More automotive retailers today are using bar code scanners in their parts departments as a dependable way to increase profits from their fixed operations.
Parts scan technology offers 50% productivity gains through faster, more accurate parts receipting and inventorying. Scanning also can help retailers reduce inventory errors and time waste, as much as 80% for the average retailer.
Scanners use laser technology to instantly read part information contained in bar code labels on the part or packaging as parts are received from manufacturers. Scanners then automatically store part numbers, quantities - and with some part scan devices, bin assignments - in the retailer's business system database.
Systems are available in shoulder-mount, hand-held infrared wireless devices, wired systems and units with integrated printers.
Most car and truck manufacturers now bar code parts, but Steve Dean, national dealer development manager for GM Service Parts Operations (SPO), says only a small percentage of retailers are currently using the technology.
He says many retailers don't realize the contribution scanners can make in improved efficiencies throughout the dealership - and in getting the right part to the right vehicle quicker so customers have a more positive service experience.
General Motors has been particularly aggressive at encouraging GM dealers to adopt scanning technology. At the NADA convention in January, SPO hosted a booth demonstrating the benefits that part bar code scanning offers retailers.
Dealer efficiency experts and part scan device users alike agree this technology can greatly simplify the parts receiving, inventory, and parts cycling processes and improve parts department economics.
"Without the ability to effectively track the parts inventory, a dealer or parts department is not going to be able to make money in the parts department," says Senior Manager John Dvorak of the Dealership Services Group for accounting and consulting firm Crowe, Chizek and Company LLP, Oak Brook, IL.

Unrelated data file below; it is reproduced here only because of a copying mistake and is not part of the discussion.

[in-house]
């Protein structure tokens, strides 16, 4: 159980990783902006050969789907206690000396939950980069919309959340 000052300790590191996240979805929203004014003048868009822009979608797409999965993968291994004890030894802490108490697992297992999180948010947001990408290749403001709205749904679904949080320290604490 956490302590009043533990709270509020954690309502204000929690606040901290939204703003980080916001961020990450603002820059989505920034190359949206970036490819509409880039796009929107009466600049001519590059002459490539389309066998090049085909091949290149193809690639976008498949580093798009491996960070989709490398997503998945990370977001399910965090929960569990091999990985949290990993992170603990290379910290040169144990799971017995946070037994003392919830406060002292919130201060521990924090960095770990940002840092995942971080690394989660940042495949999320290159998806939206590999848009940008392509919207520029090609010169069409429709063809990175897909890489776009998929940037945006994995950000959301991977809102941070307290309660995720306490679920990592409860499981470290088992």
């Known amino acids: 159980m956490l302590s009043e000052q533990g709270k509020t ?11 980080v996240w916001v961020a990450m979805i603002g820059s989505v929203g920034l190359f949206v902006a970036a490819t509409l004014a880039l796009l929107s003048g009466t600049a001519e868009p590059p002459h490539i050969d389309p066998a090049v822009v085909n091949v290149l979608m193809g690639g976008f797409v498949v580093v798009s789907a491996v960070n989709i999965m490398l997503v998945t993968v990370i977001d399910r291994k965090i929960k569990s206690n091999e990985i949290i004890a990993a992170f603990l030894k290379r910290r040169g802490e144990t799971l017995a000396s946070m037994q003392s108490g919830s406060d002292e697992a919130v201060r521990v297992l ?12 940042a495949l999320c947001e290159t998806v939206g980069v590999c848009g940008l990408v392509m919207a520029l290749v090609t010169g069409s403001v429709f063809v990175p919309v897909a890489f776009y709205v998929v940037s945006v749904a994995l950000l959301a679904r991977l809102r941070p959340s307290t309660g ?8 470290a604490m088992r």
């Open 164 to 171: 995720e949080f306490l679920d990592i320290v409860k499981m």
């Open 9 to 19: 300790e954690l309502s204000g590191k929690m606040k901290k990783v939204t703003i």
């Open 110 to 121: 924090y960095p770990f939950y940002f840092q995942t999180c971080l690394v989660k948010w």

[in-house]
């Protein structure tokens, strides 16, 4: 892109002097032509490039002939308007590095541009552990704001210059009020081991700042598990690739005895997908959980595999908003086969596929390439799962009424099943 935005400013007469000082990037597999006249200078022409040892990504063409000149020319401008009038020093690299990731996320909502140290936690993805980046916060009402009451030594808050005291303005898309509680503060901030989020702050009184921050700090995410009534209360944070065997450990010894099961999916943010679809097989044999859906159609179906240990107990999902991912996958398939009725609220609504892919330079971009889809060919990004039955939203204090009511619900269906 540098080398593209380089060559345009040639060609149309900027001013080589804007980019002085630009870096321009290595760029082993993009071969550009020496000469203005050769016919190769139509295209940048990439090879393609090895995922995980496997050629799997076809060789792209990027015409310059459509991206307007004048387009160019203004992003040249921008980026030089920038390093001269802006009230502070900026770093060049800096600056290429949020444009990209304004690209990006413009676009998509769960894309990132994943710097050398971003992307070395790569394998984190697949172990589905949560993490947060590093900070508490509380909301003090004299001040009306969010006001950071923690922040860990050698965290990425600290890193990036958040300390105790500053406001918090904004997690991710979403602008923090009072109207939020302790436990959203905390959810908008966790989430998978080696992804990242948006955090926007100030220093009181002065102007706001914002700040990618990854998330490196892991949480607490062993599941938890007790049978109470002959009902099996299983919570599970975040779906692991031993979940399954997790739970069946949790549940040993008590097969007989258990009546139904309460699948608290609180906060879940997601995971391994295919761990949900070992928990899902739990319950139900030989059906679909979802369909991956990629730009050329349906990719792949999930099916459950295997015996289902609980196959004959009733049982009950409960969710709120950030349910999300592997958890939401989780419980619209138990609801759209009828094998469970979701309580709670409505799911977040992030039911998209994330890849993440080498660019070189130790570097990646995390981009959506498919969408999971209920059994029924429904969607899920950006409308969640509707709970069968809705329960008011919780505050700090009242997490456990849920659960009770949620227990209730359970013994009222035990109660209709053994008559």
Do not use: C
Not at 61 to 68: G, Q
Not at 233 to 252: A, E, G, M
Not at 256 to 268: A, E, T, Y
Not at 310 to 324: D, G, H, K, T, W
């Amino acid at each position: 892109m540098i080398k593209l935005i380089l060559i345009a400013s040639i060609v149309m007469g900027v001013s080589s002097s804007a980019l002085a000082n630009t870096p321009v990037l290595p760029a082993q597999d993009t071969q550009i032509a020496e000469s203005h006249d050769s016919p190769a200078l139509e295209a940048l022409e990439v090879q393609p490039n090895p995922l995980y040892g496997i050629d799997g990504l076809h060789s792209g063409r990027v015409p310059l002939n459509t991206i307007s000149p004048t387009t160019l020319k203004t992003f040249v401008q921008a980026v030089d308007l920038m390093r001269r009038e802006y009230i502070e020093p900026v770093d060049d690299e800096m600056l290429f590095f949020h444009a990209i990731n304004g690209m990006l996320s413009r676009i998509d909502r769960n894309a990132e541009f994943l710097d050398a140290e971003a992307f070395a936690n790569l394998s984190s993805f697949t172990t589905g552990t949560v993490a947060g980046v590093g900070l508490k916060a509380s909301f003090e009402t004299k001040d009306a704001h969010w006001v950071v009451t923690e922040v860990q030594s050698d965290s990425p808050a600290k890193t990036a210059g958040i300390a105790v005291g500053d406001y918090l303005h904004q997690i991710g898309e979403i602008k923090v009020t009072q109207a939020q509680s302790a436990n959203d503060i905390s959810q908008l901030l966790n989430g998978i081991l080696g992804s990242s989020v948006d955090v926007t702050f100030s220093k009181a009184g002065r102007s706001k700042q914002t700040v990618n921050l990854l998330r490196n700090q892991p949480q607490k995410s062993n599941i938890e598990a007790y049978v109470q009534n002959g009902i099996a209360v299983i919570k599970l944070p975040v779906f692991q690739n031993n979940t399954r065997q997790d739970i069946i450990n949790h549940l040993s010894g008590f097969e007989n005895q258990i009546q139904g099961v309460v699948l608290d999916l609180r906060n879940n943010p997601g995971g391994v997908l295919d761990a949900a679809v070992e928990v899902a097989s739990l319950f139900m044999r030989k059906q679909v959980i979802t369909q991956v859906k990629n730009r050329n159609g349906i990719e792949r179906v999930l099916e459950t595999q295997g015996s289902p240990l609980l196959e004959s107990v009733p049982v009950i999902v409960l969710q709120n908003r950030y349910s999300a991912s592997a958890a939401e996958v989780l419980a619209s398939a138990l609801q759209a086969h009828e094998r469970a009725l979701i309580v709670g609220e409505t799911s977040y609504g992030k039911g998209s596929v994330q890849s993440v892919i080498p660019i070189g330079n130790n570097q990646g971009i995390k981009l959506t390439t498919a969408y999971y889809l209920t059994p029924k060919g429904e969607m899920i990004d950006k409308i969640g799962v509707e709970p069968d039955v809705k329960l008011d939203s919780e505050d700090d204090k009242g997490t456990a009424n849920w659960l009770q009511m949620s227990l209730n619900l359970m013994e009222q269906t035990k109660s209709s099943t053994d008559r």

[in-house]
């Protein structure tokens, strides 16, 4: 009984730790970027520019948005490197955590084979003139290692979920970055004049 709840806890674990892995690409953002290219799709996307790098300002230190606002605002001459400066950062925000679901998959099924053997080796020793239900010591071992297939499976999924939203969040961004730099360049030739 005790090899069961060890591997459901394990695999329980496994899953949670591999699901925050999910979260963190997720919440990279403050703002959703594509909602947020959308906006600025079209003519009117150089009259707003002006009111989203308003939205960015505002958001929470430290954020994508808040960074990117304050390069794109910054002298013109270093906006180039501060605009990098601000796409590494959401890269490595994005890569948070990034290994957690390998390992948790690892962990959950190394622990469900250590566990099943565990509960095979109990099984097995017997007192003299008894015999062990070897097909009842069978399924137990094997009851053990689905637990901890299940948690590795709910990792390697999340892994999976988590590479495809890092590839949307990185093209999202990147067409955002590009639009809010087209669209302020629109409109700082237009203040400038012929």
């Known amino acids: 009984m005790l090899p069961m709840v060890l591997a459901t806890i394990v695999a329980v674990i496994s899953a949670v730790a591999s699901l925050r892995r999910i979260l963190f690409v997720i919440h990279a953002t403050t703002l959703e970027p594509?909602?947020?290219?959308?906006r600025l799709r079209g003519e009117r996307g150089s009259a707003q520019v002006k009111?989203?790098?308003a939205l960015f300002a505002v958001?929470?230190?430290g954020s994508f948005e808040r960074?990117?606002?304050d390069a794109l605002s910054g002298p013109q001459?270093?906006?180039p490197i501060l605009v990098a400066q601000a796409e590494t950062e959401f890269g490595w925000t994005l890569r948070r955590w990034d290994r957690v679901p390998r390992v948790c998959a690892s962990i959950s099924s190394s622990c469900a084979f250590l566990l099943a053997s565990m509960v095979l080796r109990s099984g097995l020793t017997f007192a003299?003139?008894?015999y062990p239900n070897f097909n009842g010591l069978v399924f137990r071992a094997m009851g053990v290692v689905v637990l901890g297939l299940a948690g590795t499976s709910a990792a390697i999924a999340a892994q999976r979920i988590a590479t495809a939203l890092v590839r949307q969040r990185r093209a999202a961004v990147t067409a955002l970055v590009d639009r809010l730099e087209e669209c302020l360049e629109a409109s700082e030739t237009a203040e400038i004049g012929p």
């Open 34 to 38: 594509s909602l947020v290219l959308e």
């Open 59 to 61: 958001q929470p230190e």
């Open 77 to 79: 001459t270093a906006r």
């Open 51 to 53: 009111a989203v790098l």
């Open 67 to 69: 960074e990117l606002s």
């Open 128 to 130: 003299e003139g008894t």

Uses Retailers typically execute three kinds of parts inventories, all of which can be greatly improved by using bar code scanning systems.
* Receipt inventory, which is executed every time there is a parts delivery.
* Physical inventory, a full audit of every part done once a year.
* Cycle counting inventory, a stock check performed periodically to ensure more accurate real-time tallies.
"Used as part of a complete program of inventory control and inventory management, parts scanners will save the dealership time and substantially increase accuracy of the receipt of parts, the sale of parts and - most important - the control of the inventory on the shelf," says CEO Mike Nicholes of Mike Nicholes, Inc., a parts department training firm.
He adds, "It can be a valuable tool as part of an integrated whole management policy." CSI up, errors down
Tom Finley, parts manager for Bachman Chevrolet, Louisville, KY, began using a parts bar code scanner called PartScan from ADP Dealer Services that features immediate receipt function.
He says, "We're saving 10 man-hours a week with just the ability to scan versus manually check in. The minute the scanner reads the part bar code, the dealer management system upgrades the part's on-order status to on-hand and the part becomes immediately available for sale - in under 30 seconds of time of scan to being sold.
"We average 500 lines a day receipt here, which used to take two men two to three hours to check in, and the office another 45 minutes to reconcile and enter into the computer."
He says his gross and customer satisfaction has increased.